Hattan bin Samman, secretary-general of the Saudi National Commission for Education, Culture and Science

Hattan bin Samman
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Updated 05 February 2020

Hattan bin Samman, secretary-general of the Saudi National Commission for Education, Culture and Science

  • Between 2008 and 2011, he worked in the cultural affairs section of the Royal Embassy of Saudi Arabia in Mexico

Hattan bin Samman was recently appointed secretary-general of the Saudi National Commission for Education, Culture and Science.
In 2008, he gained a bachelor’s degree in information systems from the University of Wisconsin-La Crosse (UWL) in the US and obtained a master’s degree in business administration and management from the Universidad Iberoamericana, in Mexico, in 2011.
While studying for his bachelor’s degree, Samman worked as an international student adviser assistant at the UWL, before moving to the American Standard Inc. (Trane Co.) in 2006 as a help desk analyst, where he stayed until 2008. Between 2008 and 2011, he worked in the cultural affairs section of the Royal Embassy of Saudi Arabia in Mexico.
On his return to the Kingdom in 2011, Samman joined the King Abdullah University of Science and Technology (KAUST) as business manager of the university’s governmental affairs.
A year later he moved to King Abdullah City for Atomic and Renewable Energy as an international relations specialist and was promoted in 2013 to the post of senior international relations specialist for the atomic energy sector.
Samman switched to Emaar in King Abdullah Economic City in 2015 where he served as a senior manager of economic city’s authority relations, going on to be an assistant director in the same area in 2018.
He moved to Riyadh in 2019 to become the executive director of the international relations and strategic partnerships legal administration, before gaining his current position as an international relations adviser to Minister of Culture Prince Badr bin Abdullah bin Farhan Al-Saud.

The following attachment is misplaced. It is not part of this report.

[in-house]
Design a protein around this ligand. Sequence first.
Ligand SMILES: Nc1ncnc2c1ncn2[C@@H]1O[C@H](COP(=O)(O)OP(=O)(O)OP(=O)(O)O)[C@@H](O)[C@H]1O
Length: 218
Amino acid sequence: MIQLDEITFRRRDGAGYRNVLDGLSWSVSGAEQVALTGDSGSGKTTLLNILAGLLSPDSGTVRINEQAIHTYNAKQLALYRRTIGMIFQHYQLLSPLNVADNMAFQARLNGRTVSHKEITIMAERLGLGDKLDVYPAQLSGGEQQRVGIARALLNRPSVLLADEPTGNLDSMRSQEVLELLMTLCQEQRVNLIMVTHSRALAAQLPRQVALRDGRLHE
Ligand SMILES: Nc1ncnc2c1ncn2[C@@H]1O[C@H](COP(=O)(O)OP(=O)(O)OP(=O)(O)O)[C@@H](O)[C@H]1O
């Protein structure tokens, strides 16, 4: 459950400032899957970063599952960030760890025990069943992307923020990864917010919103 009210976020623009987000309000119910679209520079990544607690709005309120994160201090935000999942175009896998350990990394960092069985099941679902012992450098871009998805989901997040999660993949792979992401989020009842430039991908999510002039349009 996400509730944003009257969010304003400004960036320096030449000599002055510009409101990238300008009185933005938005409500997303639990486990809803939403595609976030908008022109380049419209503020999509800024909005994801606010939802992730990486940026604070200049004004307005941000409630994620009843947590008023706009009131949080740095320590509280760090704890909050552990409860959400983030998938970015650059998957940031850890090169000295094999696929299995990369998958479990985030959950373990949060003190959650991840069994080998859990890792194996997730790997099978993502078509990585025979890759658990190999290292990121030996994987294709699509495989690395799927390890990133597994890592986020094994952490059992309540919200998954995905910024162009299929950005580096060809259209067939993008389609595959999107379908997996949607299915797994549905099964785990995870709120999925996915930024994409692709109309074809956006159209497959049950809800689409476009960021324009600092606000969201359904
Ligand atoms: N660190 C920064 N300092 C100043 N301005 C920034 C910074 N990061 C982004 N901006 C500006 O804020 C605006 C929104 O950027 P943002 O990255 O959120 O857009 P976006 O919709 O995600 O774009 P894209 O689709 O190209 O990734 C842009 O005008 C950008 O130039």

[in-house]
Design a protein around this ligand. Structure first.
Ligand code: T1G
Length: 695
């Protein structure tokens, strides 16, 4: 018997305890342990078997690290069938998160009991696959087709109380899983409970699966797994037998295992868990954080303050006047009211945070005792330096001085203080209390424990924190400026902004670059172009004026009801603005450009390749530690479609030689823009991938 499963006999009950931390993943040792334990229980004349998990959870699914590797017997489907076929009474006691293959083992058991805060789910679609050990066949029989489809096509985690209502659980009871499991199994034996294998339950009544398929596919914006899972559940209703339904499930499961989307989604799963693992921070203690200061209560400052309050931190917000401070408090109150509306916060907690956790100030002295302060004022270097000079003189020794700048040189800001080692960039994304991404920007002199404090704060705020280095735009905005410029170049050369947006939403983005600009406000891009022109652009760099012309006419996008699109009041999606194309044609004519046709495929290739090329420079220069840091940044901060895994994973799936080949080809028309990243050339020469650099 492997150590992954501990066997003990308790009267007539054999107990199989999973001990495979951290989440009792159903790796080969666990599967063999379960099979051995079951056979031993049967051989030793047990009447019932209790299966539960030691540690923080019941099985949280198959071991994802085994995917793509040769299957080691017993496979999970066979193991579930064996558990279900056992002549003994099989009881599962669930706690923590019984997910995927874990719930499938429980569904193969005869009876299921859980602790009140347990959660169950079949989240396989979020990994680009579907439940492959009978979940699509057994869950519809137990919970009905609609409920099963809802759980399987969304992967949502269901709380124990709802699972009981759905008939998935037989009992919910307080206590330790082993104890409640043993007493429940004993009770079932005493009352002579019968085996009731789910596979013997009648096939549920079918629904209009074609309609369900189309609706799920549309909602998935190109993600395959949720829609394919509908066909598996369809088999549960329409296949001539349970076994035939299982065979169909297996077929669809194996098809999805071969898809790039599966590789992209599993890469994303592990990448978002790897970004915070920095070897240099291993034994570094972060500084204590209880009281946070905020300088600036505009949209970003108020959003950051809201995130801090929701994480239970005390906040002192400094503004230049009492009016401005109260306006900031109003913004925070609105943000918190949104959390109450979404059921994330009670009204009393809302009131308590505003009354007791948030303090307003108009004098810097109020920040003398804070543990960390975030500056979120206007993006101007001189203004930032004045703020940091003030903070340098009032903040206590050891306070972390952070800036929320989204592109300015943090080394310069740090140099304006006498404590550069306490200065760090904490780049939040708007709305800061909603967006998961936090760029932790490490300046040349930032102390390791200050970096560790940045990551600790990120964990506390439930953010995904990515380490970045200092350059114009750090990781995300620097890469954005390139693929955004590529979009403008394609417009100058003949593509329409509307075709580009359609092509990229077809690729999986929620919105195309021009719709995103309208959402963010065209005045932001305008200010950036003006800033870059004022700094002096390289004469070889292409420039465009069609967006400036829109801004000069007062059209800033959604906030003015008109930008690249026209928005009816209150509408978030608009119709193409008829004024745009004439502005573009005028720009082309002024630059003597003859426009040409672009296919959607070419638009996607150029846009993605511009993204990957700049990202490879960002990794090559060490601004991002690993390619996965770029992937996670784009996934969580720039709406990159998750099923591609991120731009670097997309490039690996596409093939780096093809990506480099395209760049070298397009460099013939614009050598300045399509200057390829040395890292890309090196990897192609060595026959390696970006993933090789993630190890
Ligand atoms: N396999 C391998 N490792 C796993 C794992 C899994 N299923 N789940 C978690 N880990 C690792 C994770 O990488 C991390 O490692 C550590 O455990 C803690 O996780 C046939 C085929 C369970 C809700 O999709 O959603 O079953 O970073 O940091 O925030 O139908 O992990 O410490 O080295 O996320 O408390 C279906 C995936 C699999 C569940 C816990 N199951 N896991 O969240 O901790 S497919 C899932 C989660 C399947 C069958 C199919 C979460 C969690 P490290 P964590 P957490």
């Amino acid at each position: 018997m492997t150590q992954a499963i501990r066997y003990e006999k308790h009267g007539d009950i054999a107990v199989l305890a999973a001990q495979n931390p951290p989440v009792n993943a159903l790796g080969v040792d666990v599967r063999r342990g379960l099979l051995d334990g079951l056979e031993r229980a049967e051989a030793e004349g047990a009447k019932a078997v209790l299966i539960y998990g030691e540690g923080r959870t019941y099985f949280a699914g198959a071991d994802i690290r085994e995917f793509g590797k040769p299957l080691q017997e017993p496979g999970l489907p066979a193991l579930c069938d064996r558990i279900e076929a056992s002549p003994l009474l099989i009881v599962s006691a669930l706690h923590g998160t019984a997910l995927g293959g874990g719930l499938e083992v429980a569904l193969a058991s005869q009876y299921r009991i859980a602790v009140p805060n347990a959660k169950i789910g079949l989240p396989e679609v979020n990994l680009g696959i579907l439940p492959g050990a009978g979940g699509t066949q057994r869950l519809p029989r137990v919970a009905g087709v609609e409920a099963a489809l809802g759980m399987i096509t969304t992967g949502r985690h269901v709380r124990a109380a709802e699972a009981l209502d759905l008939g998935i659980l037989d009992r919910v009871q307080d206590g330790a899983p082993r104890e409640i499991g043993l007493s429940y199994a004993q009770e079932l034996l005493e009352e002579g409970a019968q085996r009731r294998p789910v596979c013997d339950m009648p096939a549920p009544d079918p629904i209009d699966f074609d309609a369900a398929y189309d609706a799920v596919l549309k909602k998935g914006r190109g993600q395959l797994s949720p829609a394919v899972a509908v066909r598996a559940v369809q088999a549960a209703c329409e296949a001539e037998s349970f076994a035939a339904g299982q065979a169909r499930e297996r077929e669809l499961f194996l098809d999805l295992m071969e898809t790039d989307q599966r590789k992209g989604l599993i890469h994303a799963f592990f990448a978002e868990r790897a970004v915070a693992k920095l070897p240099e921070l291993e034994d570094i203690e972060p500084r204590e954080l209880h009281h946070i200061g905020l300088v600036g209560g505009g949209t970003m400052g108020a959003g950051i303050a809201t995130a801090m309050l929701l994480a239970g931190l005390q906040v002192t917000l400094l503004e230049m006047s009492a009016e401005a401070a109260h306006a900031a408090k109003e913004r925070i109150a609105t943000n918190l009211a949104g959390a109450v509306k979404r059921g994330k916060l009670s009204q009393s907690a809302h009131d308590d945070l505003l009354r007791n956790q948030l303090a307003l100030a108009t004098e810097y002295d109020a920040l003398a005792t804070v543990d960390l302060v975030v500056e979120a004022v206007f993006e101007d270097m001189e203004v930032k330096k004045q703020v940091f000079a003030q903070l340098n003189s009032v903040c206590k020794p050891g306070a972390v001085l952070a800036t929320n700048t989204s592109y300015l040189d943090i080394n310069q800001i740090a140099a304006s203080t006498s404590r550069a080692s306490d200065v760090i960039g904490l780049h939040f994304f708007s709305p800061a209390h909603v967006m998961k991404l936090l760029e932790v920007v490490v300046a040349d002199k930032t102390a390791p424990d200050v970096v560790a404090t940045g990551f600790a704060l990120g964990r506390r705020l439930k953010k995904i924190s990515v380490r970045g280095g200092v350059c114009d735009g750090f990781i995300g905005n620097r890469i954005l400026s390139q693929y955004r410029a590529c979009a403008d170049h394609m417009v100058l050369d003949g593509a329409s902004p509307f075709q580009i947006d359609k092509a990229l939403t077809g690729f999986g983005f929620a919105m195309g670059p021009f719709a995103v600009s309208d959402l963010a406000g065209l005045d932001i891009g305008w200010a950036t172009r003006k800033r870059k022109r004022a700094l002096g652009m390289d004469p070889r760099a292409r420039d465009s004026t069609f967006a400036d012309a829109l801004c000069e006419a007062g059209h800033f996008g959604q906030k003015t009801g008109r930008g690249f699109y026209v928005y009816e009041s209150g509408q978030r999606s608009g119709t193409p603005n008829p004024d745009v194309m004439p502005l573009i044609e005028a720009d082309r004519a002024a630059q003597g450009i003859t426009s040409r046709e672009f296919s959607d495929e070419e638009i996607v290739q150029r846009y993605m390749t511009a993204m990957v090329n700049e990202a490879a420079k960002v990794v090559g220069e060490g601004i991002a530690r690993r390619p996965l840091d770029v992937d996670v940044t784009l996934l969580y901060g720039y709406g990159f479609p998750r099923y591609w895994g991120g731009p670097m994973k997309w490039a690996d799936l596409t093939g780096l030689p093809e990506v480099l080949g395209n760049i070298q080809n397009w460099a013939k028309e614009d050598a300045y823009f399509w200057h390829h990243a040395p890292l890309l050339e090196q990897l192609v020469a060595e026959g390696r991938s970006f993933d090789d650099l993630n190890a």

The Saudi Ministry of Culture has organized a workshop in Riyadh to register Arabic calligraphy on UNESCO’s Lists of Intangible Cultural Heritage.
Commenting on the initiative, Samman said that Arabic calligraphy had an exceptional value due to its long history and uniqueness as one of the richest aspects of Arab and Islamic cultural identity.
“Arabic calligraphy has been — and will continue to be — the focus and passion of experts, stakeholders and those involved in cultural affairs, education and science, who are interested in both human and cultural heritage,” he added.


Saudi Arabia announces 16 more deaths from COVID-19 as restrictions partially eased

Updated 28 May 2020

Saudi Arabia announces 16 more deaths from COVID-19 as restrictions partially eased

  • The health ministry announced 3,531 new cases of recovery
  • Saudi Arabia will see a partial ease in coronavirus lockdown restrictions from Thursday

RIYADH: Saudi Arabia announced 16 more deaths from the novel coronavirus COVID-19 and 1,644 new cases of the disease on Thursday.
The health ministry urged citizens and residents to abide by measures to prevent the spread of the virus as the Kingdom starts to ease coronavirus lockdown restrictions from Thursday.
Of the new cases, 611 were recorded in Riyadh, 360 in Jeddah, 148 in Makkah, 101 in Dammam and 91 in Hufof.
The health ministry also announced 3,531 new cases of recovery, which brings the total number of patients who have recovered in the Kingdom so far to 54,553.
A total of 441 people have died from the coronavirus in the Kingdom so far.